‘Repolyo rescue’: How to help highlands farmers amid cabbage oversupply

January 16, 2024 - 5:45 PM
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Cabbages
Truckload of cabbages in this photo posted on the Twitter account of Quezon City Mayor Joy Belmonte on Jan. 16, 2024 (QCMayorJoy/Twitter)

Quezon City Mayor Joy Belmonte invited those who are interested to help Filipino farmers to give donations amid the oversupply of their cabbages in the Cordillera Administrative Region.

The city chief on Tuesday announced that the Tanging Yaman Foundation (TYF), a Quezon City 2023 Gawad Parangal Awardee, conducted a “Repolyo Food Rescue” with the Quezon City Food Security Task Force.

Belmonte said that the initiative aims to help farmers in the Mountain Province as they deal with the oversupply of their cabbage produce.

“Sa kadahilanang bumaba ang presyo ng repolyo dahil sa sobrang produksyon nito, hindi na sulit pang anihin at ibyahe ng mga magsasaka ang nasabing gulay,” the mayor said on the X (formerly Twitter) platform on January 16.

She said that the city government bought 4.5 tons of cabbages to be given to its constituents in 142 barangays.

“Kung nais ninyong tumulong sa pag-rescue ng mga repolyo, at matulungan ang mga magsasaka, maaaring i-check ang litrato na nasa post na ito,” Belmonte added.

The TYF said that donating P1,500 will “rescue” 100 kilograms of cabbage that may be picked up at the Ateneo de Manila University to be given to the beneficiary.

Donors may also entrust it to the non-profit organization to be distributed to lower-income parishes in the National Capital Region.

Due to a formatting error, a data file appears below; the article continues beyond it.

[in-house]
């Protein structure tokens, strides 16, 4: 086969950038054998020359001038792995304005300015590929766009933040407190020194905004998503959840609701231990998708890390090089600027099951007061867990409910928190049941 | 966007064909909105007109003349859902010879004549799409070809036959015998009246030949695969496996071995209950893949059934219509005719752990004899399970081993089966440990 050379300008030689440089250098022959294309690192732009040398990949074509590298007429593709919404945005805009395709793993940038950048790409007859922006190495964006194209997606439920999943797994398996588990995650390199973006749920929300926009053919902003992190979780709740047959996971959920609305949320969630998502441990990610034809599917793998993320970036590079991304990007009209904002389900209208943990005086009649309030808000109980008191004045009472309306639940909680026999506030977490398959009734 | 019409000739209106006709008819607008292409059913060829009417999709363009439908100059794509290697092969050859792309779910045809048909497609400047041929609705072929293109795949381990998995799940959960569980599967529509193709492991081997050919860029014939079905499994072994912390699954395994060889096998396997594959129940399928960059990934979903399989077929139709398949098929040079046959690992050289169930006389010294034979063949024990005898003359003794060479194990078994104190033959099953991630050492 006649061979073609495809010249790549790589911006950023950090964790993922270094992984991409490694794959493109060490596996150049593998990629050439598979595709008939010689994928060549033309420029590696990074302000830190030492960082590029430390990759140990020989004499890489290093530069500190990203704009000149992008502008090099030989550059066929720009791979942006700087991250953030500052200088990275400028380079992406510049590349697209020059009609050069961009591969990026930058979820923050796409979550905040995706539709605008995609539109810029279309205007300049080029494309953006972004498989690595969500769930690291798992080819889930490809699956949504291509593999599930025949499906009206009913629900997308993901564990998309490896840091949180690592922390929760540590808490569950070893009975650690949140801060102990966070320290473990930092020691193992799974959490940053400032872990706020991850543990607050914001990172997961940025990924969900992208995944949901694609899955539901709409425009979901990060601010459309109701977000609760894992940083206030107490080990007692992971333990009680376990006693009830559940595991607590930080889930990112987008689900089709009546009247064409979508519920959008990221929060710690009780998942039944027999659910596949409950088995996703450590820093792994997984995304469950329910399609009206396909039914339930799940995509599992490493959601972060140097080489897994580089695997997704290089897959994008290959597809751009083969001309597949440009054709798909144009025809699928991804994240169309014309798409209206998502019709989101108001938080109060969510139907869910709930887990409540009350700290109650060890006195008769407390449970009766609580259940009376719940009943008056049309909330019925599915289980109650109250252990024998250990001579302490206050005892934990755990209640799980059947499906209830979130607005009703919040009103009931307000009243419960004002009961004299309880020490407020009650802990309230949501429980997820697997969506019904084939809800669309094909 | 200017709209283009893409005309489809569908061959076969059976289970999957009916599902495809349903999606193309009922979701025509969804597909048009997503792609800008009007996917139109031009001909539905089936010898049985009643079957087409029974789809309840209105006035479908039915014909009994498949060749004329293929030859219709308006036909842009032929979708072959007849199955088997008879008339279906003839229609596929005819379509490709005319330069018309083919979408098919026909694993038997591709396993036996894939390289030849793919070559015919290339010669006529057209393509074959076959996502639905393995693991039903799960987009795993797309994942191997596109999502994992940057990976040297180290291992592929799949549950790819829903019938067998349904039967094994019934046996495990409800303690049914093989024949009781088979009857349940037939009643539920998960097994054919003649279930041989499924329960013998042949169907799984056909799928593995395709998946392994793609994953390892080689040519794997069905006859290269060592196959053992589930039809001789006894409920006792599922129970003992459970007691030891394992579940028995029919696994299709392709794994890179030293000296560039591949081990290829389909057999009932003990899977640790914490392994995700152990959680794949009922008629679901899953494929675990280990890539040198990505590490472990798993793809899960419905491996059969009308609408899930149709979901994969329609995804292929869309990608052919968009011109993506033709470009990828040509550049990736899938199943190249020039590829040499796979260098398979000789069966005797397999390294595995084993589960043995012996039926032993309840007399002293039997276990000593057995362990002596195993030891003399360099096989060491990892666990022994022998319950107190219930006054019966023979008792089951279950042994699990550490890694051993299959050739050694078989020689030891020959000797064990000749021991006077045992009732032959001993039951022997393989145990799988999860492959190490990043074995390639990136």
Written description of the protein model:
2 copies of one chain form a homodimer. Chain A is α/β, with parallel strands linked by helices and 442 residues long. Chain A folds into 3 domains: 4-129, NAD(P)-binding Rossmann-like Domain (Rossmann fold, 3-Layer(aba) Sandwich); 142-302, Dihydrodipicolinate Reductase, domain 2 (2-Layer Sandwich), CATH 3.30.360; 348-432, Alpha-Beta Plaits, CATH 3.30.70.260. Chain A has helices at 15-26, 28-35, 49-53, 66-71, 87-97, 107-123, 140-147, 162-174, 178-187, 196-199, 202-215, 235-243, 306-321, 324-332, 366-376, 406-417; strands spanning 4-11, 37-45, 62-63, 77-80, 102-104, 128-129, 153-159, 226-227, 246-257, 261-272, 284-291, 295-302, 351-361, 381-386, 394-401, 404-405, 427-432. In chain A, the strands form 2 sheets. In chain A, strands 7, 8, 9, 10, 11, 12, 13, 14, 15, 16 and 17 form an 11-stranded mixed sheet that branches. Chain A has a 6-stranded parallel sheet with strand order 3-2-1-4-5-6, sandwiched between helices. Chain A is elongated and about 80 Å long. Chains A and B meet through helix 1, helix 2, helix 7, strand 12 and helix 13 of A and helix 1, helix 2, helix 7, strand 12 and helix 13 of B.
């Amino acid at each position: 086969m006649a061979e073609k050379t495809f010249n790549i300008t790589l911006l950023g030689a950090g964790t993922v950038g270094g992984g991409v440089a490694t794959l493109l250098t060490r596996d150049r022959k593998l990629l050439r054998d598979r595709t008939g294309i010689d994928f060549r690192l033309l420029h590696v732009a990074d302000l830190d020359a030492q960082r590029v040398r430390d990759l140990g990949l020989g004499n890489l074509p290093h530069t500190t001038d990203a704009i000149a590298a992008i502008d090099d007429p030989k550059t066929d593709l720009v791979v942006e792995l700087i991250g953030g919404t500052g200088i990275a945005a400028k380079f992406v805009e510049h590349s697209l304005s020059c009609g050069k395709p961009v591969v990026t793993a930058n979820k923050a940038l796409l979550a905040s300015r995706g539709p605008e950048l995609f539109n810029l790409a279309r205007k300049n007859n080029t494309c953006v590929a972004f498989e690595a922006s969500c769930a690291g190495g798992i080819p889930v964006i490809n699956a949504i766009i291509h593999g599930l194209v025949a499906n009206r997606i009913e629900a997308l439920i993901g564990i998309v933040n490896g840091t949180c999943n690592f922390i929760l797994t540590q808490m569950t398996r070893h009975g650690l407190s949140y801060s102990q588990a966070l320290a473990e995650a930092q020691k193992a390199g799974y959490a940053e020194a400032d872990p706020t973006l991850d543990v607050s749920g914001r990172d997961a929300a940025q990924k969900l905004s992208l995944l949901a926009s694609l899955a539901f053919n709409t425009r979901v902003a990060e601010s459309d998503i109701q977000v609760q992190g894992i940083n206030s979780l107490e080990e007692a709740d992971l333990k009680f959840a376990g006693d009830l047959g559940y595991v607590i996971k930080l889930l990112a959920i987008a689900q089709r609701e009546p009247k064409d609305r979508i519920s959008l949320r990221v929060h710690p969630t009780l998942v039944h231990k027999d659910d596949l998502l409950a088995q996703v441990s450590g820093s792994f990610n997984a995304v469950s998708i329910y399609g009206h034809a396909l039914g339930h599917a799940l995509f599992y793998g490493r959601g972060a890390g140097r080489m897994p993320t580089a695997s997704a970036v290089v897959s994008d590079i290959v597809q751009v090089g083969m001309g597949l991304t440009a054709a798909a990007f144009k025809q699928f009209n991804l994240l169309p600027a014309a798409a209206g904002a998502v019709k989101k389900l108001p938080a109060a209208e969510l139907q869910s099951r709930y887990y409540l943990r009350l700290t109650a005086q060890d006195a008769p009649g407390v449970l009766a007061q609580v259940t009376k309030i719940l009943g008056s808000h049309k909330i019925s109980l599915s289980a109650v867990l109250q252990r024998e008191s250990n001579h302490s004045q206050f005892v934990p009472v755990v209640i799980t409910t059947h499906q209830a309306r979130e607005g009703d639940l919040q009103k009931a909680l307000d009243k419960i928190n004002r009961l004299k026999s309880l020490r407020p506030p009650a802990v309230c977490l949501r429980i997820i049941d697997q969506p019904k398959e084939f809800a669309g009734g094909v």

QR Codes and other pertinent details about the cash donations were indicated in the post.

The TYF said that farmers were giving away their cabbage produce due to a “bumper crop” or a very large crop.

Last January 6, a video of tons of cabbages being thrown at a cliff in Tinoc, Ifugao, was uploaded on social media.

Reports said they were delivered to La Trinidad, Benguet, but were rejected and disposed of due to the oversupply in the market.

“Wala pong bumibili at saka mababa ‘yung presyo, kaya inuwi na lang namin,” farmer Brent Orlando Pulano previously said.

Samahang Industriya ng Agrikultura (SINAG) chairperson Rosendo So said that while the Department of Agriculture has sent trucks to have the produce delivered to Metro Manila, there are still several vegetable supplies in the highlands.

Meanwhile, Agriculture Spokesperson Arnel de Mesa denied the oversupply, adding that there was a slight decrease in vegetable production last year.

He reasoned that there were no tropical cyclones that passed through the country in the last quarter of 2023, making the vegetable harvest plenty.

The state weather bureau recorded 11 tropical cyclones in 2023. It said that the figure is half the usual number of tropical cyclones that enter the Philippine Area of Responsibility in a year.